Friday, September 19, 2014

What Do You Do With An Idea? My Journey To Personalized Learning, Genius Hour and Query Books!

This week, I began to ask students to think about their own ideas!!  Following Isaac Newton's example, they are starting digital Query Books to gather their ideas, ponderings, and questions - both big and little! 

The Backstory - This lesson, like many of my lessons, took a while to develop.  There were so many contributing forces nudging me toward an "idea" lesson with students.  I suppose it began with a Twitter chat, #mnlead, that I participated in last year.  The subject was Personalized Learning, a current trend among educators.  This chat deepened my understanding of Personalized Learning, which at its core is about giving students choices about how and what they learn - putting the students in the proverbial driver's seat for their learning. From Personalized Learning, I learned about Genius Hour, another educational trend adopted from developers at Google who are given 20% of their time to develop their own "passion projects".  If you are curious to learn more, check out this great video explaining Genius Hour by Chris Kesler!  What is Genius Hour?  

These interactions sparked my interest in Personalized Learning and Genius Hour.  I began to change the way I worked with students, creating opportunities for them to choose the way that they demonstate their learning, providing choices for collaboration and focusing on creating and sharing in their own voice.

There was one obstacle that I noticed right away as I began to give students choices about their own learning.  Many of our students don't know where to begin when given choices to pursue their own interests and ideas! They haven't been asked to consider their own ideas as valuable. Many struggle with the act of being curious and pondering their own questions. They just haven't given it much thought. Partly because they are still young, 4th and 5th graders, but in part because it is rare for them to be asked to pursue their own ideas and interests in an educational setting.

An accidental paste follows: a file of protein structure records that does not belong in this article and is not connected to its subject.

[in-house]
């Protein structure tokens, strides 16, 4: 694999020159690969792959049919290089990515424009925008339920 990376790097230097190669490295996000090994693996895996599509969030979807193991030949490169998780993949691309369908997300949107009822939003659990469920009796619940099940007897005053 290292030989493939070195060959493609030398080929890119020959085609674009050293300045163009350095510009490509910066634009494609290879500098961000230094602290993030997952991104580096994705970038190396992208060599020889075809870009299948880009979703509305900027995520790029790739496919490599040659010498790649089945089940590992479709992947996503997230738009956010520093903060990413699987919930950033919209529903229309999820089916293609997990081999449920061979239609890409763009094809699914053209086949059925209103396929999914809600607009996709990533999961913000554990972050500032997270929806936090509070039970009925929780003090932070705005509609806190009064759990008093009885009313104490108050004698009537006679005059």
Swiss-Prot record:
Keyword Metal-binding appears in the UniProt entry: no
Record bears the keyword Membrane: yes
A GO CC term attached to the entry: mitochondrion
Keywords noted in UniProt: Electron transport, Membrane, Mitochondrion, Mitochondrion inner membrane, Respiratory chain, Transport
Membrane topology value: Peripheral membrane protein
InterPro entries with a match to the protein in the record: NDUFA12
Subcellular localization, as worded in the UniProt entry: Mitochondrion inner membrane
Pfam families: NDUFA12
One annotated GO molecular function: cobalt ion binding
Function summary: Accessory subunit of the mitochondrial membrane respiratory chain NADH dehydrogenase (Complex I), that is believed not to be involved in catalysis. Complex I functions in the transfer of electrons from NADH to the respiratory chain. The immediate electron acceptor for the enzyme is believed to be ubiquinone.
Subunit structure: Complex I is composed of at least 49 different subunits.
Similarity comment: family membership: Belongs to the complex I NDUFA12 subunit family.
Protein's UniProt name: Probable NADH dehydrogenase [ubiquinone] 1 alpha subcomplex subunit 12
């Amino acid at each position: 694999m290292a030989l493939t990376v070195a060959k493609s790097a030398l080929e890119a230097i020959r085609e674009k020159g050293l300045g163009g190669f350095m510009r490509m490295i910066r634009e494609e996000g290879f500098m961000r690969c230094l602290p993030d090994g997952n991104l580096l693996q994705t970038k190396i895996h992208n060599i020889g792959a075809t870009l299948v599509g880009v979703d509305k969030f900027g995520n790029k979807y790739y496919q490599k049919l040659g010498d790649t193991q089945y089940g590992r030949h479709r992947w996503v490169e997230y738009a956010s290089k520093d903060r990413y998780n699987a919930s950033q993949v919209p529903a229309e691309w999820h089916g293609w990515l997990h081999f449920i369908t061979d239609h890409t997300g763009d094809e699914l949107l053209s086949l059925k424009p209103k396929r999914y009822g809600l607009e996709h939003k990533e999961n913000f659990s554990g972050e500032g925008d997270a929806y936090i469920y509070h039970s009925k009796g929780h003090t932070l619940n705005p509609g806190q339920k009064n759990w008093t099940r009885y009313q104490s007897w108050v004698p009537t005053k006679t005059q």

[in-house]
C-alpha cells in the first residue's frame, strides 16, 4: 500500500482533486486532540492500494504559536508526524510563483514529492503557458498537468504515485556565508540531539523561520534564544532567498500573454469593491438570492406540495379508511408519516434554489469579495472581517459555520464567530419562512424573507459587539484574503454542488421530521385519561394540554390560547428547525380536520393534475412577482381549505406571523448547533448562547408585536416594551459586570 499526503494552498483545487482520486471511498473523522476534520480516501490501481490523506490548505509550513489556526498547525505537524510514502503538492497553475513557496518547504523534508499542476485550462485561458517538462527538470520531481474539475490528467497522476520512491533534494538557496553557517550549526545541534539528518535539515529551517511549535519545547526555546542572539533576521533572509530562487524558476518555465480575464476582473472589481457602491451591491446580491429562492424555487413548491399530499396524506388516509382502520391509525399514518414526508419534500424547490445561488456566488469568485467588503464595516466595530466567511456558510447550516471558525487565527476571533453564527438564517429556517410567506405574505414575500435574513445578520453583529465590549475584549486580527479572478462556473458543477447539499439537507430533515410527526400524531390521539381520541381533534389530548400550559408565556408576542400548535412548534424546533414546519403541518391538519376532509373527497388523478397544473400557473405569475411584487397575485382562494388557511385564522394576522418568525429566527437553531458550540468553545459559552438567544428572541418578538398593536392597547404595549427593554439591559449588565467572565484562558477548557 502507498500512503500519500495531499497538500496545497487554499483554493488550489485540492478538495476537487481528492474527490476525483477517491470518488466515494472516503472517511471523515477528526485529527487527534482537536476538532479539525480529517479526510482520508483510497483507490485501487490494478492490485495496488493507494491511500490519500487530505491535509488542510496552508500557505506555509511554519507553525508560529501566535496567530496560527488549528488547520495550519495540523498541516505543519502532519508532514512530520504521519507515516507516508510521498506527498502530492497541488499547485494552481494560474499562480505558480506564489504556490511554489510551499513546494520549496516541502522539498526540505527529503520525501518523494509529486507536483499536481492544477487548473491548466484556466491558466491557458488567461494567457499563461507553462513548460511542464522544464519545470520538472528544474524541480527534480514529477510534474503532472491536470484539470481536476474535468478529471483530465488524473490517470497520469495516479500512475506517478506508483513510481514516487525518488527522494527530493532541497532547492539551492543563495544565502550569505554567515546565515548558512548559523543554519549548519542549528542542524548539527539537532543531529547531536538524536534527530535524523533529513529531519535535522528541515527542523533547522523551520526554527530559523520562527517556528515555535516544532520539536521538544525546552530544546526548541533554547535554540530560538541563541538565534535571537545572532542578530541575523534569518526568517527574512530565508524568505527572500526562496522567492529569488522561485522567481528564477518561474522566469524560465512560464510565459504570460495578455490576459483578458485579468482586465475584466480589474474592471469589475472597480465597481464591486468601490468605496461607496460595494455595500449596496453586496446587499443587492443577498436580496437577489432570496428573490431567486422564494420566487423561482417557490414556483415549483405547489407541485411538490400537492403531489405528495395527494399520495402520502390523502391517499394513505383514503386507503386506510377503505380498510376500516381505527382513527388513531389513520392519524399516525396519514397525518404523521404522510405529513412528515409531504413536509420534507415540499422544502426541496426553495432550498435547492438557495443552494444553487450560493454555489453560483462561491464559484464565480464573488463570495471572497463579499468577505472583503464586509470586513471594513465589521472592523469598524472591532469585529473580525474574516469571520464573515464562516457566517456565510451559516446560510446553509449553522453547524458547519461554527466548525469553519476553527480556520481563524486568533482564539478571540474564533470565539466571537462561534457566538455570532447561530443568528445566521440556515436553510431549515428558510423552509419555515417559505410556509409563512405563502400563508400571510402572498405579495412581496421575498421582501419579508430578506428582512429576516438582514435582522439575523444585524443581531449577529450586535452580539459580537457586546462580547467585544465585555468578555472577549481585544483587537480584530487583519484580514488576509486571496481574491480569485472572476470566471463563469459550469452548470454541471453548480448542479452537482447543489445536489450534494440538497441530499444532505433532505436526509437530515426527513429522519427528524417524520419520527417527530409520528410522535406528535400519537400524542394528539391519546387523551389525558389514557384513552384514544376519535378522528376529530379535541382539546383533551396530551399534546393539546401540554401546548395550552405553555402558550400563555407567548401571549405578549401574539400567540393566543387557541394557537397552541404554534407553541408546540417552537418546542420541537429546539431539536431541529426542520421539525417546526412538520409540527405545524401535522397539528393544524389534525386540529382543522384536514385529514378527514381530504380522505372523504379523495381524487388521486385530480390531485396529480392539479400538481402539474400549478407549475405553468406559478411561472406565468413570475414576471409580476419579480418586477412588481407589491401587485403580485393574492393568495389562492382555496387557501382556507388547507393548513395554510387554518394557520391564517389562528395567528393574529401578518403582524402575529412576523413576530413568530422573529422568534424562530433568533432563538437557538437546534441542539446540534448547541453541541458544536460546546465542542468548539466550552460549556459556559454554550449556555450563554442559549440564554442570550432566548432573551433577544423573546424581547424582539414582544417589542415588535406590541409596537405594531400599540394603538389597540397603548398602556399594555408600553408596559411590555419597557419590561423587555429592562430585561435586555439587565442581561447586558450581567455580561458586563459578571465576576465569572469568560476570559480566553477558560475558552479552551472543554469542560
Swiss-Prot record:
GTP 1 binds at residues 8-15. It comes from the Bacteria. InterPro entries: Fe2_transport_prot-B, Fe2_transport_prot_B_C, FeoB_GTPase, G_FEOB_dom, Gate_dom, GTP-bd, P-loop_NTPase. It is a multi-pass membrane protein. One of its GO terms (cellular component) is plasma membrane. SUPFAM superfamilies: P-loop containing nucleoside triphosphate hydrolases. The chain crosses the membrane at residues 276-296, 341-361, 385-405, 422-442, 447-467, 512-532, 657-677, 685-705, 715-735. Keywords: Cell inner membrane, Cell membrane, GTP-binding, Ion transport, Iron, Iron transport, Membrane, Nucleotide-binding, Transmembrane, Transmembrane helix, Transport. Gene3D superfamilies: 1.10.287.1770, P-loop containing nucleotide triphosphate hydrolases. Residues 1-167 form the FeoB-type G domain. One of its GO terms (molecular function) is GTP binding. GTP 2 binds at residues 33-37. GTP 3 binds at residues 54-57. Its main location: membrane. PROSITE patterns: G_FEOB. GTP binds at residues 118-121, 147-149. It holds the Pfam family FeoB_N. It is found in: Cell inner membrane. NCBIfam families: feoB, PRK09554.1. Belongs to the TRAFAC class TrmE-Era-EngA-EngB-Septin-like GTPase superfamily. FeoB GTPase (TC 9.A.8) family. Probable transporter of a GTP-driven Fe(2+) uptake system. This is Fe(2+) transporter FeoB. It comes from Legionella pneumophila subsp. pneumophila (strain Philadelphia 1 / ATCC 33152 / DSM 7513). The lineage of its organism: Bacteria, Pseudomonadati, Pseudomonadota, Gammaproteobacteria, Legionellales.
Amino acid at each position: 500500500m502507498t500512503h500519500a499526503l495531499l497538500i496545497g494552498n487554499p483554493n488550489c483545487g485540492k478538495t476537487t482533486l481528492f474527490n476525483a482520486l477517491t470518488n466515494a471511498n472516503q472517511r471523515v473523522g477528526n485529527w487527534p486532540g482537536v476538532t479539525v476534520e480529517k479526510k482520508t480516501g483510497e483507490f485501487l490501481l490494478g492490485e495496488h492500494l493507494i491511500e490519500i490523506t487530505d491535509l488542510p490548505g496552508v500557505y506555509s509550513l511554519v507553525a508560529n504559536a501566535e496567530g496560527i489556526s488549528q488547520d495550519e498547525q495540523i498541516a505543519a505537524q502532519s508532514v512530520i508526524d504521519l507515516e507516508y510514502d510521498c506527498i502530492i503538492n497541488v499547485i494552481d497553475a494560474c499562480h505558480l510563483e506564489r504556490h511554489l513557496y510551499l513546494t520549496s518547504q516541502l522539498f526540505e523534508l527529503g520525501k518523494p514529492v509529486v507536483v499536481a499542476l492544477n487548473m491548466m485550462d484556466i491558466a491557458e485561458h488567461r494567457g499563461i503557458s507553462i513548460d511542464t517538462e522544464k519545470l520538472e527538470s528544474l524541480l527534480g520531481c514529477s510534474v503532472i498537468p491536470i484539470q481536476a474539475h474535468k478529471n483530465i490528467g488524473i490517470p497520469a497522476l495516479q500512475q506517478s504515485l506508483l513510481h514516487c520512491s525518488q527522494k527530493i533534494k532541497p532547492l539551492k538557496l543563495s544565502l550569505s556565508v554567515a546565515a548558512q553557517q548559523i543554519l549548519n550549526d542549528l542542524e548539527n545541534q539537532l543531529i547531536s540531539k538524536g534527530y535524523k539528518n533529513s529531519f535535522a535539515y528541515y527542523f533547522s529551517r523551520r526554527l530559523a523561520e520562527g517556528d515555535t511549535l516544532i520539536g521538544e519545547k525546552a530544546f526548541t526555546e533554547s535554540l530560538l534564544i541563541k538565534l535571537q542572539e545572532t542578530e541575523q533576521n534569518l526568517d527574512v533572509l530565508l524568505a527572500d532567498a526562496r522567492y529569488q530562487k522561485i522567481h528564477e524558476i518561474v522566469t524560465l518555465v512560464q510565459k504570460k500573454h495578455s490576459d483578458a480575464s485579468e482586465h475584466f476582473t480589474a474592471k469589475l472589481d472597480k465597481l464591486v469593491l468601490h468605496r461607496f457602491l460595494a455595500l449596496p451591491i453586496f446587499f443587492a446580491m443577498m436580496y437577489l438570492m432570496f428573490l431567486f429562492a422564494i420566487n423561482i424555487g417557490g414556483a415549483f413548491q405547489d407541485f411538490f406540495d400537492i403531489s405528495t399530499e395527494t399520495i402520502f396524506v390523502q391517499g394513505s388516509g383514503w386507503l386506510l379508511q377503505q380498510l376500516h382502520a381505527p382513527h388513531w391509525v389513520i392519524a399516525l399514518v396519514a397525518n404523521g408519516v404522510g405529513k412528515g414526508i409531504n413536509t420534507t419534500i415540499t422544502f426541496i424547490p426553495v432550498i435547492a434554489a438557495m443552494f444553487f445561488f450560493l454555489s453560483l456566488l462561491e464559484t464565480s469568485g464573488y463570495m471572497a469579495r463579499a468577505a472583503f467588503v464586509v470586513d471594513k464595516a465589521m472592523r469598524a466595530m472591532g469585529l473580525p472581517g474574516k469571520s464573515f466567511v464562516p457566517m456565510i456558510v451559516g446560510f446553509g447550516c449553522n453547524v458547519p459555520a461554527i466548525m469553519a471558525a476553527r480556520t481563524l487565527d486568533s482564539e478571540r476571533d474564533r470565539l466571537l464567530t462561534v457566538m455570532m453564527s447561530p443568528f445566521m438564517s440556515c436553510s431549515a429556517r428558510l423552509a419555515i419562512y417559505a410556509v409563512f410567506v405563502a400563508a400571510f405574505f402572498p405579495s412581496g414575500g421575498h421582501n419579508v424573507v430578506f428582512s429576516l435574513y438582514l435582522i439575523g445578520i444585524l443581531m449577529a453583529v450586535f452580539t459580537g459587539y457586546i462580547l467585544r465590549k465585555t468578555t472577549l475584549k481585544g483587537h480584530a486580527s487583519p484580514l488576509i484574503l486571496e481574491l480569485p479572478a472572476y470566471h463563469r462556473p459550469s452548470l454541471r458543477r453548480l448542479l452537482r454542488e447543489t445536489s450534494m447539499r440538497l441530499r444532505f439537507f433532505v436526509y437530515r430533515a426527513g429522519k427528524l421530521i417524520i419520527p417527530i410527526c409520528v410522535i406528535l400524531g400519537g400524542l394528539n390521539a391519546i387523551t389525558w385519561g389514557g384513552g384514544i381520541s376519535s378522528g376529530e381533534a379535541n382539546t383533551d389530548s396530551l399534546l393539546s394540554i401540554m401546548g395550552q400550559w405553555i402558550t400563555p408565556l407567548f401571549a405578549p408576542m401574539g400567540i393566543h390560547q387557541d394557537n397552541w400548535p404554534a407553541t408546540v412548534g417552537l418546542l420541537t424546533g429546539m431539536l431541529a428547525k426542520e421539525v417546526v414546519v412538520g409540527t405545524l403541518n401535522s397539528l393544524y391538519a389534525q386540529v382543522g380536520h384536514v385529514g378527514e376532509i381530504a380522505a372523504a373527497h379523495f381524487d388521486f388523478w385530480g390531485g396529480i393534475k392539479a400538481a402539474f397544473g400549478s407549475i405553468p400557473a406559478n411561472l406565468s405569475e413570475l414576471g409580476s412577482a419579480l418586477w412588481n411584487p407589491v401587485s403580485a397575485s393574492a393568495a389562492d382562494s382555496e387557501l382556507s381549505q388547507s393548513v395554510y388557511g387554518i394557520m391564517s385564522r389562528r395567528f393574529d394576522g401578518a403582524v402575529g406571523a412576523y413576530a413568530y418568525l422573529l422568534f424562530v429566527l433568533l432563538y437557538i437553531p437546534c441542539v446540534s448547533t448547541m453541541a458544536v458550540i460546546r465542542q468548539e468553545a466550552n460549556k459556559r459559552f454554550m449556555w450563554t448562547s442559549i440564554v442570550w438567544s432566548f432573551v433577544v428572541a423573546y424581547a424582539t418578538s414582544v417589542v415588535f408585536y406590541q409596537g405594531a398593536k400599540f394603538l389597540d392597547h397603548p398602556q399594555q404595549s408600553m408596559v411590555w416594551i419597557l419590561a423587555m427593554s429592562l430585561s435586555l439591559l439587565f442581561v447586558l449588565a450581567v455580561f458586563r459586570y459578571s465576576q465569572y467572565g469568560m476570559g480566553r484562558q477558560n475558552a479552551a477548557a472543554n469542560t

Right around the time that I began noticing students struggling to find their own ideas, I discovered a book and video, Where Good Ideas Come From, by Steven Johnson that gave me insights into how ideas are born!!

This summer I read a wonderful picture book by Kobi Yamada entitled What Do You Do With An Idea?  In his beautifully illustrated book, Mr. Yamada described the growth of an idea in terms that students can understand.  Just like Steven Johnson, he described ideas as beginning small and growing with attention and time.  I couldn't wait to share this great picture book with students!

The final step in my journey to this lesson occurred when I told my husband about my musings.  He is a physicist and so as I told him about my desire to help my students develop their own interests, ideas and ponderings, he told me about Isaac Newton.  Isaac Newton kept Query Books for his scientific ideas.  Some of his Query books launched new branches of science!

So I determined that I wanted my students to begin their own Query Books! They started their Query Books this week, but just like ideas, they will take time for them to develop.  Look for a future post as students begin to share their Query Books and their great ideas!!